to answer for it? Did he know that it was important to hold his ground? Pope says that he was “so impressed with the necessity, that that division (King's) should hold its ground, that I sent several orders to General King, (one by his own staff officer,) during that night, to hold his ground at all hazards, and to prevent the retreat of the enemy, and informed him that our whole force from the direction of Centreville and Manassas Junction would fall upon the enemy at daylight."
The testimony of General Pope, in relation to these orders, the Court adopt, as a faithful statement of the facts." Was the first order, or either of the succeeding ones, known to or received by King? If they were, how is it that he has not been charged with disobedience? If he did know of the orders, did he satisfy his before surprised and dissatisfied chief that he had good grounds for his disobedience, or, at least, that he “was not induced by any unworthy motive,” or has he since satisfied the Department ? If he has, then disobedience is not always censurable. Then “the Napoleonic maxim” includes ends as well as means.
That General King, who is known to be a patriotic soldier, had good motives for his failure, disastrous as Pope says it was to his plans, those who are acquainted with him will readily believe.
But to condemn Porter of disobedience, and to cashier him, in the face of the reasons which are proved to have governed him, the concurrent and strong advice, and almost remonstrance, of his three Generals, and when the order itself afterwards proved to be useless, and not only not to question King, but, on the contrary, to make him one of Porter's judges, and to continue him in high command, is conduct on the part of those in authority which no explanation can justify or excuse.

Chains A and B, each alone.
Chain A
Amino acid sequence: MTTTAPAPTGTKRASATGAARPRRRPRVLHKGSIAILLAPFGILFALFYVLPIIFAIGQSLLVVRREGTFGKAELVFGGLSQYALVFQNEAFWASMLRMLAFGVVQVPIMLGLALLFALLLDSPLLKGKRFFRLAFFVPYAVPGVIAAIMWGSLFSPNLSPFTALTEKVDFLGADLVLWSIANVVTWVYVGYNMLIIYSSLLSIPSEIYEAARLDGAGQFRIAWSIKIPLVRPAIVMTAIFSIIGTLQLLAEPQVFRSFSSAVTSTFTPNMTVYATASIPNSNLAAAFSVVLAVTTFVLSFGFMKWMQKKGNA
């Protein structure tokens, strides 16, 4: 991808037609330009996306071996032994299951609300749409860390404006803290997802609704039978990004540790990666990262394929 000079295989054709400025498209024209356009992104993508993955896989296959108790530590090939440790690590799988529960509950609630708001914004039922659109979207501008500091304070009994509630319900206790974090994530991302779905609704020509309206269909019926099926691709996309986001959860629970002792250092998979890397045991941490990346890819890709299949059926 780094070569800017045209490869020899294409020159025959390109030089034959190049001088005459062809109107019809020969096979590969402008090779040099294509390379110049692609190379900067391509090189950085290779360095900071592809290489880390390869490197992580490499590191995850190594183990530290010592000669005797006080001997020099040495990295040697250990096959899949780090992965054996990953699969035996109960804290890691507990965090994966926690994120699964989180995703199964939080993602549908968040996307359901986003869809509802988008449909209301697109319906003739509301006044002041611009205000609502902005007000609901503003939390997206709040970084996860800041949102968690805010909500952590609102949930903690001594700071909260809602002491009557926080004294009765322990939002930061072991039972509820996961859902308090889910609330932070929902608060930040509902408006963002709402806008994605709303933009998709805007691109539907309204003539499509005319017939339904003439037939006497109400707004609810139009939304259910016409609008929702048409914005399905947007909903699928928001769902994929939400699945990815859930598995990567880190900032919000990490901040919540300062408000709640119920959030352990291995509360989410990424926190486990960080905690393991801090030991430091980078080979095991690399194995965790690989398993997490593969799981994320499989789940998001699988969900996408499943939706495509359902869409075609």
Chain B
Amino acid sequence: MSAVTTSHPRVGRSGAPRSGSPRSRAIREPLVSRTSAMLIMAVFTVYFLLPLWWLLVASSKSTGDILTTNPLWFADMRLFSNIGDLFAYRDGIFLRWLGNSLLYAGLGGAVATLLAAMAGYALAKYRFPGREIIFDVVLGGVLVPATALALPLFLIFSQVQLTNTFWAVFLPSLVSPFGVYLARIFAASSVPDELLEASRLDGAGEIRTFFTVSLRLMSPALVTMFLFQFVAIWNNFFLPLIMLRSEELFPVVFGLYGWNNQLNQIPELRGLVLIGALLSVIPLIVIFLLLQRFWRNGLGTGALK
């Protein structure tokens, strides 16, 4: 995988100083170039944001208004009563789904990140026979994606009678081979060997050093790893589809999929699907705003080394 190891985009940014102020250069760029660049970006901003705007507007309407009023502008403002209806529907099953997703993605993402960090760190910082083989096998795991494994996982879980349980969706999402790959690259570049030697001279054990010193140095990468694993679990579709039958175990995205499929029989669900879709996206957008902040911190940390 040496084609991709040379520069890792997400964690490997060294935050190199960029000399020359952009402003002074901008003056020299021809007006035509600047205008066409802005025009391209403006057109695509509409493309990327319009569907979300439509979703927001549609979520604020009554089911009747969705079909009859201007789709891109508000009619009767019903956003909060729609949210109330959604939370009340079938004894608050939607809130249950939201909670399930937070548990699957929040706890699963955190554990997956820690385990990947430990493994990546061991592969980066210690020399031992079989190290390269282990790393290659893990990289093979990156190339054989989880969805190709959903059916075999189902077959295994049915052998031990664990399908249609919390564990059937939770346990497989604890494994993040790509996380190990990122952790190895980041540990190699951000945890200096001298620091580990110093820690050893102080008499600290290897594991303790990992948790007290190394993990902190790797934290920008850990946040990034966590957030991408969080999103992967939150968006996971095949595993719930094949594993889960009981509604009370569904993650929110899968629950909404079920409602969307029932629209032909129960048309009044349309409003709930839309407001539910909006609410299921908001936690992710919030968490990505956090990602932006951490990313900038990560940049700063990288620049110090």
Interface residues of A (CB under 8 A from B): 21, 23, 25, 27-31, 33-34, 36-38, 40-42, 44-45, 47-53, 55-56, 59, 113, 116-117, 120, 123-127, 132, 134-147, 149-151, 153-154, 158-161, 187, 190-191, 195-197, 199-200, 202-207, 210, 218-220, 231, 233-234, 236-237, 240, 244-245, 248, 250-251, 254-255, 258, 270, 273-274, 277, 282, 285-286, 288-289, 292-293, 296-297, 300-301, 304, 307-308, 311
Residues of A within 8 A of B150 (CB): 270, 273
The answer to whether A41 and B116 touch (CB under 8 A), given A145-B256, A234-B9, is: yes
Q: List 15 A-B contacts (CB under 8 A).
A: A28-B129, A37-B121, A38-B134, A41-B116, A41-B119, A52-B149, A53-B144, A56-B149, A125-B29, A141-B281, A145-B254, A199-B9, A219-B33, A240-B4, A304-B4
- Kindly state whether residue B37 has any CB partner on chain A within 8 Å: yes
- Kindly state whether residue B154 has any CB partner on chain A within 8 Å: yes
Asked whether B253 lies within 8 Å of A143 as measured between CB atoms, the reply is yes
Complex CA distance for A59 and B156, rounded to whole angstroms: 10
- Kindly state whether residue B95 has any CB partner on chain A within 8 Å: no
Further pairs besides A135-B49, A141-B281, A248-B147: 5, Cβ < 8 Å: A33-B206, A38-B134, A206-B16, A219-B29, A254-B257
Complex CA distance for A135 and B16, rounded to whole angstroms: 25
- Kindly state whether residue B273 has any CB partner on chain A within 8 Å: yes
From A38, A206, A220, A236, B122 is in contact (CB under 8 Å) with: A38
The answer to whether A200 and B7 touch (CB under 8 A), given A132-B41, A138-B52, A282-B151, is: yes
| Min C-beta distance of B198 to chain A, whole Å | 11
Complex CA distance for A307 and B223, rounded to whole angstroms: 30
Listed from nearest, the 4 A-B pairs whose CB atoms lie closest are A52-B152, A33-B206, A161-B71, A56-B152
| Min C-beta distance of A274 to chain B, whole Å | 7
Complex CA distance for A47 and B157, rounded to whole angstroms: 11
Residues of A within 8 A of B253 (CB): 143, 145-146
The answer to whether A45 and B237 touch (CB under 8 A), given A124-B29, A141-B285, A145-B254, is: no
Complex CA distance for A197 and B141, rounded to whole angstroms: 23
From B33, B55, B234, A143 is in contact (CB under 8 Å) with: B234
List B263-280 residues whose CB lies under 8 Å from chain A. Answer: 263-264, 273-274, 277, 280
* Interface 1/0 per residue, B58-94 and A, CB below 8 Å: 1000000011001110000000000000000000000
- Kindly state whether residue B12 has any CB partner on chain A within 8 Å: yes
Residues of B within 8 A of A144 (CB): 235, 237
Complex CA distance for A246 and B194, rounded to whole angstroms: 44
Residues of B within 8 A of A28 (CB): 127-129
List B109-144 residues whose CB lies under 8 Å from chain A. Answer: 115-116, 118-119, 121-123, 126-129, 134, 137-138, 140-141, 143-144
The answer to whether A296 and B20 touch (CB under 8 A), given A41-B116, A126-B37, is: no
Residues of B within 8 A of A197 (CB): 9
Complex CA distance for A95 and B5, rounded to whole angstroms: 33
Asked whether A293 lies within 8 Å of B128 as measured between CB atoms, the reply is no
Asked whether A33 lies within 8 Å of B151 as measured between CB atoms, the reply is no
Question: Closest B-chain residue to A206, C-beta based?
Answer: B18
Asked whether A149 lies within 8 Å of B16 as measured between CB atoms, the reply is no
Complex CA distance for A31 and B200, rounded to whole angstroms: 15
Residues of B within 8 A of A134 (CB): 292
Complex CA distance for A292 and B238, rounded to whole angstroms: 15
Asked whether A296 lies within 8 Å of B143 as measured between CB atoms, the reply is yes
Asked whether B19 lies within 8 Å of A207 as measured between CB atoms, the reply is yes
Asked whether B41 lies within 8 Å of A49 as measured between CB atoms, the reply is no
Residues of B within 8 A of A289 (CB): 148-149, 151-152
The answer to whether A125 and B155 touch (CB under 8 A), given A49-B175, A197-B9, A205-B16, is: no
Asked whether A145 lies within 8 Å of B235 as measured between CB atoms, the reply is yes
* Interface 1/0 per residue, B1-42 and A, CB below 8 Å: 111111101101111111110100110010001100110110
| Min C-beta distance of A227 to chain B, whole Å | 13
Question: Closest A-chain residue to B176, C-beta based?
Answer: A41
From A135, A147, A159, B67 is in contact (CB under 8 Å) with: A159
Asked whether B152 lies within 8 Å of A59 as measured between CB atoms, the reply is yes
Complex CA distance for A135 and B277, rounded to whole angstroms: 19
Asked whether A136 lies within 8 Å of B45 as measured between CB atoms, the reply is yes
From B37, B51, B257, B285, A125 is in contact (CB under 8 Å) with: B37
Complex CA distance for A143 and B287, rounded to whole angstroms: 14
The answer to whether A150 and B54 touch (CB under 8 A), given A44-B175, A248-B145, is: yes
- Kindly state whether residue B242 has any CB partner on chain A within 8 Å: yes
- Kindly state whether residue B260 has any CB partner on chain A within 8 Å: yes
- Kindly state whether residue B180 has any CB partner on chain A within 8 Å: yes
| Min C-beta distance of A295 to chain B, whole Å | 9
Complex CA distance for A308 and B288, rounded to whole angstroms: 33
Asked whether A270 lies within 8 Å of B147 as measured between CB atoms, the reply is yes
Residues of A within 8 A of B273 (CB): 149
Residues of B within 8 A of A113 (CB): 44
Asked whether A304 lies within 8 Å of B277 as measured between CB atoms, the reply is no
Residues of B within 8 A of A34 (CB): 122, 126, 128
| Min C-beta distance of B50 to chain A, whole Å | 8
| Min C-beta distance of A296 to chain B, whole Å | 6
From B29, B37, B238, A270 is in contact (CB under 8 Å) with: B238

III. A yet more recent case, in the Army of the Potomac, illustrates still stronger the injustice done to Porter. On the removal from its command, as we all unfortunately no know it to have been, of General McClellan, General Burnside was placed at its head. The high character for gallantry and patriotism of that soldier no one that has watched his career will ever question. Whether it was well or ill advised, his subsequent attack on the enemy at Fredericksburg, proved most disastrous. To redeem the honor of his army, and retrieve, at the same time, his own weakened reputation, he resolved on another attack, and on a different plan. This was at once, not to him only, but to all, criticised with severity by his officers; and two of his Generals, with, as it was stated, the knowledge of others, visited the President to protest against it, and did so. The result was that the President, on their advice, prohibited the movement. Burnside at once, before he had seen the President, for this insubordination, issued an order, subject to the President's approval, dismissing from the strvice several of the highest officers in his command, and many others, and, soon after, informed the President in person that